Would somebody pinch me hard to bring be back to some kind of normality, where science is not run by completely incompetent twerps with an apparent I.Q. that would be shamed by a glass of cold water.

    • Peter_Roe

      George

      I think the department administrators knew exactly what they were doing when they cut off Prof. Prelas’ funding for his CF experiments. This is just straightforward suppression rather than stupidity.

      According to LinkedIn he seems to have gone to Australia immediately after this episode, then returned to the US and risen to a height (Professor and Director of Research, Nuclear Science and Engineering Institute (NSEI) at U. of Missouri) where he can probably do more or less what he wants. Lets hope that as Associate Editor for International Scientific Journal for Alternative Energy and Ecology that we might see him publish his work on cold fusion.

      http://www.linkedin.com/in/markprelas

    • Peter_Roe

      The irony is that he now probably occupies the same position in the U of M as the individual who hacked off his funding in 1991, and may even have replaced his erstwhile nemesis!

    • Bernie Koppenhofer

      I smell the strong odor of oil and gas and big money.

      • http://www.lenrforum.eu Alain

        no need of oil, not even of money (will came later, do you know that SAIPEM is interested by e-cat).

        Stupidity, comfort, selfishness, ambition, fear, fear of change, is much more efficient that long term greed…

        It is more comfortable to deny than to accept and oppose.

  • Voodoo

    Dear LENR believers, I am too LENR believer and I have neverending problems understand some business logic etc.

    I need help from you to understand WHY official licensed distributors in such big and important country as Germany is refusing show on his own business webpage his distributed planet breakthrough product 1MW Low-Temp E-Cat ?

    Dobler Heiztechnik http://www.dobler-heiztechnik.de/

    Folks I am analysing companies and R&D only last 39 years, I urgently need your professional advice/help.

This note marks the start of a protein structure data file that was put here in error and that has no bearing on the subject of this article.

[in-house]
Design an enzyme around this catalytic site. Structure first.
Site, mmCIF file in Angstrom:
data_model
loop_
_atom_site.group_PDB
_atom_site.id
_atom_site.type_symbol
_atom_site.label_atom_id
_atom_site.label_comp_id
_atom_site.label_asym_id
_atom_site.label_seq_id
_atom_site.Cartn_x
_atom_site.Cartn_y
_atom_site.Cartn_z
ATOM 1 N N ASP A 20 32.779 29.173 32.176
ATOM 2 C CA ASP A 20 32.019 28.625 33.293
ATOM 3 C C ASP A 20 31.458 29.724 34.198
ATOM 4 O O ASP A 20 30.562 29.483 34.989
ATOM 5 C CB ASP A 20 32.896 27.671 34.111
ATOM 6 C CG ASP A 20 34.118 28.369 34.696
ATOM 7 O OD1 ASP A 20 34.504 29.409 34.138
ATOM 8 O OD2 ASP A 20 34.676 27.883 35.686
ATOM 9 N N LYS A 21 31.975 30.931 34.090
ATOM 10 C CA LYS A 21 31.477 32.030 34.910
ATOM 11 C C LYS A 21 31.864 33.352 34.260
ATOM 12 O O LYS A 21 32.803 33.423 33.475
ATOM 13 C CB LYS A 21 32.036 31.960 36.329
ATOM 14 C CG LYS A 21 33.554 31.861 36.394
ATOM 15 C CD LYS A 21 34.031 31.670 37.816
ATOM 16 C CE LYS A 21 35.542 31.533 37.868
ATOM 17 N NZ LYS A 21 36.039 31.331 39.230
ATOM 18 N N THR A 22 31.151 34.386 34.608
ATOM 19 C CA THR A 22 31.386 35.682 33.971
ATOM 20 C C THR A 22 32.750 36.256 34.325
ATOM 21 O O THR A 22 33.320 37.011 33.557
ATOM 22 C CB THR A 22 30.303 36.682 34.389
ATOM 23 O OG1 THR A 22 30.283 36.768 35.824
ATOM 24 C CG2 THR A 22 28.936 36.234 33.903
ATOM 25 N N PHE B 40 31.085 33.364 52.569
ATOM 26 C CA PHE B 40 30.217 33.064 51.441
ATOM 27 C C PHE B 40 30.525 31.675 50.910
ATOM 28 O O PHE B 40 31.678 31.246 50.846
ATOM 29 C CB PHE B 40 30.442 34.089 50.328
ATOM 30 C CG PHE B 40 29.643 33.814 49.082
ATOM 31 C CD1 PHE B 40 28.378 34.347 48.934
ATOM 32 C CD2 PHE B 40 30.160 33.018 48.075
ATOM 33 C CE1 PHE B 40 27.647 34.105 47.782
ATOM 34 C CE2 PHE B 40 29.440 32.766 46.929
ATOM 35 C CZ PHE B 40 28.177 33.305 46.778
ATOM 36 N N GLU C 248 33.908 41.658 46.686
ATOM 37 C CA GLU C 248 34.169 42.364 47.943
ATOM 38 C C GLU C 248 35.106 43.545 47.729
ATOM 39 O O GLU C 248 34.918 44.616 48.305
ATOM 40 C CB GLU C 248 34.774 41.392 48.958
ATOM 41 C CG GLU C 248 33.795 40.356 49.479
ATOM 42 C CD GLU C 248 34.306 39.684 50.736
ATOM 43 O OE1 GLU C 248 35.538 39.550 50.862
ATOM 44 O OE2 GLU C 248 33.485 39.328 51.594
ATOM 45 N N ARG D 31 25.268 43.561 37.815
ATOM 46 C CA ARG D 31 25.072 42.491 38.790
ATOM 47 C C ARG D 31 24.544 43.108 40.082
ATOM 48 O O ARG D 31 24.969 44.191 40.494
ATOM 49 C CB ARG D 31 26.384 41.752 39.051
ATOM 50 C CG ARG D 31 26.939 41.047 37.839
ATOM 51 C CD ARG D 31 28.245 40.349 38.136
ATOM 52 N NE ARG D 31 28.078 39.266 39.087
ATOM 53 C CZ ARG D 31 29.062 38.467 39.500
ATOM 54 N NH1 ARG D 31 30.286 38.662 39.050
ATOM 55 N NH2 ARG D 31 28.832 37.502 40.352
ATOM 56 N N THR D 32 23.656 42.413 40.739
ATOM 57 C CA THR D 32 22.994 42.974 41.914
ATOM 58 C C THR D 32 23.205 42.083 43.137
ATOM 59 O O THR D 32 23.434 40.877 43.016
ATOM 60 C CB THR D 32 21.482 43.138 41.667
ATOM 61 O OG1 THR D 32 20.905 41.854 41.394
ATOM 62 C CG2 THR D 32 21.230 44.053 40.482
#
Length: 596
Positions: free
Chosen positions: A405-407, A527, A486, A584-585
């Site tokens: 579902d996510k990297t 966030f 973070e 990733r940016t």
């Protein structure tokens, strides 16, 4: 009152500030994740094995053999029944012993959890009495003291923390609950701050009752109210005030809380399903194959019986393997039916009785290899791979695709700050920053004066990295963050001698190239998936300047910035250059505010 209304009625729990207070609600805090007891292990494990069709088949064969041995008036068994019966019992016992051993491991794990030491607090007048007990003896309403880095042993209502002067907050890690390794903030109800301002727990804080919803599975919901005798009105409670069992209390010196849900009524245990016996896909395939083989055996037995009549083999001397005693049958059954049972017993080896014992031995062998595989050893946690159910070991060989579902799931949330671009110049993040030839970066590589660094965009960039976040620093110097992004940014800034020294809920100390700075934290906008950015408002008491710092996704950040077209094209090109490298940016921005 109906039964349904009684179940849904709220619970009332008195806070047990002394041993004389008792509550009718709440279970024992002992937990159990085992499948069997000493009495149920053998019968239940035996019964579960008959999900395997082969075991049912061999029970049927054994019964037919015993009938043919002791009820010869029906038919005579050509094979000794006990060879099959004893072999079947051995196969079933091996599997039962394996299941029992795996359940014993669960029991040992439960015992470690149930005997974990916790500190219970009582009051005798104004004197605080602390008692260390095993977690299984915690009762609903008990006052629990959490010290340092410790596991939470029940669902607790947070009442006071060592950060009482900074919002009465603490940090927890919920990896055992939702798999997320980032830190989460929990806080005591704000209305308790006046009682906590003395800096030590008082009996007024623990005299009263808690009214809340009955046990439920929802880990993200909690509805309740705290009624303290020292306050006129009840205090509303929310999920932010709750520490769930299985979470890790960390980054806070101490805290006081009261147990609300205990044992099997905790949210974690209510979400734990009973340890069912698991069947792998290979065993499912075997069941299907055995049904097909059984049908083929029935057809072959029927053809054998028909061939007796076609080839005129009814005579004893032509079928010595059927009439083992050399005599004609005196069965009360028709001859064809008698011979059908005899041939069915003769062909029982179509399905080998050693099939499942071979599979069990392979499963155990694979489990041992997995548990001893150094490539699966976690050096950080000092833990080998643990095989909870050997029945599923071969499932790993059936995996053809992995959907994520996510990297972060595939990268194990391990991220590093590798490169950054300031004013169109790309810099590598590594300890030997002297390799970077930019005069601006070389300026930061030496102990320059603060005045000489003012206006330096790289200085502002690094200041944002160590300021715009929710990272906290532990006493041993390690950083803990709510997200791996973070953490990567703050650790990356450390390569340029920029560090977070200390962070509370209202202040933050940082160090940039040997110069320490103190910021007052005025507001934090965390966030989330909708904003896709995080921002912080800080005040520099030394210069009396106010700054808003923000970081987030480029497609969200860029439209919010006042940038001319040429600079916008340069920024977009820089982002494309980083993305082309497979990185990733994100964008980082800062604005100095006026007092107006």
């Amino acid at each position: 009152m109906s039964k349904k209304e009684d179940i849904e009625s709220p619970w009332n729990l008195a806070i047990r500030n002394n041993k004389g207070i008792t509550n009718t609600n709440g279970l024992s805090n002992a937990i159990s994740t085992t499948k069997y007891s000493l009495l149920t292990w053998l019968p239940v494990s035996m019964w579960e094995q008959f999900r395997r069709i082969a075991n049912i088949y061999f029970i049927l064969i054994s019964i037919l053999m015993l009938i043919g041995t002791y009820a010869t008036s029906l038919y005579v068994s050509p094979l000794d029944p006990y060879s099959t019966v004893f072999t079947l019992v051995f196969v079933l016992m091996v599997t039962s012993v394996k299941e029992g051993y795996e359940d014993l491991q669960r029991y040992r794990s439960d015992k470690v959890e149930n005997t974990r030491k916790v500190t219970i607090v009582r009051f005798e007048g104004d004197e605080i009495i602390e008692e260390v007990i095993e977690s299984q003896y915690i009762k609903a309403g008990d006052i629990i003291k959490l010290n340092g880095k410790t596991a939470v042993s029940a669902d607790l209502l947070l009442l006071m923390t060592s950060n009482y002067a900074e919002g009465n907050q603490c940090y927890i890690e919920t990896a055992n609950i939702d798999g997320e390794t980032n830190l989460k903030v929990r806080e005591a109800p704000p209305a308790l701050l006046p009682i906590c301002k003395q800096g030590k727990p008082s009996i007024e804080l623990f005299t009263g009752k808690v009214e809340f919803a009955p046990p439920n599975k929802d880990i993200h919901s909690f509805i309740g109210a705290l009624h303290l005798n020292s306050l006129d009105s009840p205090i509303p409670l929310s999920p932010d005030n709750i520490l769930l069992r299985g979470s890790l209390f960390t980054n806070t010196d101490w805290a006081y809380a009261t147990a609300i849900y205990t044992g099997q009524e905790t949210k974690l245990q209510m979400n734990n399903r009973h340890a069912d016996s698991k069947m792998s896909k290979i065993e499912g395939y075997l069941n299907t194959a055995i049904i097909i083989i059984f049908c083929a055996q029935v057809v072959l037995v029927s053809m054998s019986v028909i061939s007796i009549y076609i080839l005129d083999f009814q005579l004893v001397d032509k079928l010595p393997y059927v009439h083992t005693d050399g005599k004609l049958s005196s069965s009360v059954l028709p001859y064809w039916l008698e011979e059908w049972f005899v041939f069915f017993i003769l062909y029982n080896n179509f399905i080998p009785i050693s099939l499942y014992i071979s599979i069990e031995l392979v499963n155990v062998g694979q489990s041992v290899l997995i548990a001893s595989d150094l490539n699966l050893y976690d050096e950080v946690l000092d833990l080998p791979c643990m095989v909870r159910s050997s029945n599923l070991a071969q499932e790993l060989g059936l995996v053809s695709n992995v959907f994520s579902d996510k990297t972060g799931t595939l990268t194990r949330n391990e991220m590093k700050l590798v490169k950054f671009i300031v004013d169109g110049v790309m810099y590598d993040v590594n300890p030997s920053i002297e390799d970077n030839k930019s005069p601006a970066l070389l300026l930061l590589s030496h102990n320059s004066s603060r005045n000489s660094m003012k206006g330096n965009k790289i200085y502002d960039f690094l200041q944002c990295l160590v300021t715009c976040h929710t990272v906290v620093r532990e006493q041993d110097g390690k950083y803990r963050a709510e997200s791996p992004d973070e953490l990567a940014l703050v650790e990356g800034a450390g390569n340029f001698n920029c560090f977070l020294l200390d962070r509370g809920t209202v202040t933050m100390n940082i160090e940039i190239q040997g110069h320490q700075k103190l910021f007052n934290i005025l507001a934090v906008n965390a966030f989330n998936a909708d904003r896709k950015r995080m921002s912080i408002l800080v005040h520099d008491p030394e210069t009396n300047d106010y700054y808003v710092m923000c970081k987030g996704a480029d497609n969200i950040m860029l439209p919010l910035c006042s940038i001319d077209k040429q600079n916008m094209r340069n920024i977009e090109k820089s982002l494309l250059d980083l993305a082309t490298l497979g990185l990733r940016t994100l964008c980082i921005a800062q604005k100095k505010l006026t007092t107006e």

• Peter_Roe

      The official site of the German licensee consortium is http://www.ecat-deutschland.org run rather amateurishly by Gerd Neumann. The site you link to is Dobler’s retail site for home heating and water treatment, and you would not expect anything about e-cat to appear there.

      I’m pretty certain that you are aware of these facts and are using the pretense of having difficulty understanding things to make the usual skeptic points. If you are not a troll, please stop behaving like one.

      • Jim

        Concur. Supplicating attitude, open ended question, no suggested answers or explanations, “39 years”…much trollsign.

      • Max S

        Wrong. The used car dealer Mrs Stechl also has a ecat distributor website, not only Neumann.
        link : http://ecat-vertrieb.de/index.html, Interestingly Stechl shows different specs for the same device.
        Neuman himself clearly stated he is only one of the distribution participants. He also does not claim he is the official German ecat site. So it does not seem like Neumann site is the official one.
        Peter, although the crowd seems to enjoy it, there is absolutely no need to offend people who ask questions.It does not make your arguments more credible, especially when the information you give is wrong.

        • GreenWin

          Max, here we are quite aware of disingenuous commentary cloaked as a “concern” post. In the blog world these [immature] comments are those of a “concern troll.” A troll purporting to express deep concern whilst heaping his doodoo on the subject. Peter offended no one, instead in an overly polite way asked the voodooman to quit behaving like an infant.

  • Jorge

    A nuclear renaissance indeed. It’s good to see a University picking this up. It will help give more legitimacy to the Cold Fusion field.
    J

  • Gérard2012

    I put the champagne in the fridge!!!

    • Peter_Roe

      I drank my bubbly (sadly not champagne) when the hot cat data was published. I had to buy another so I have something ready for the next landmark.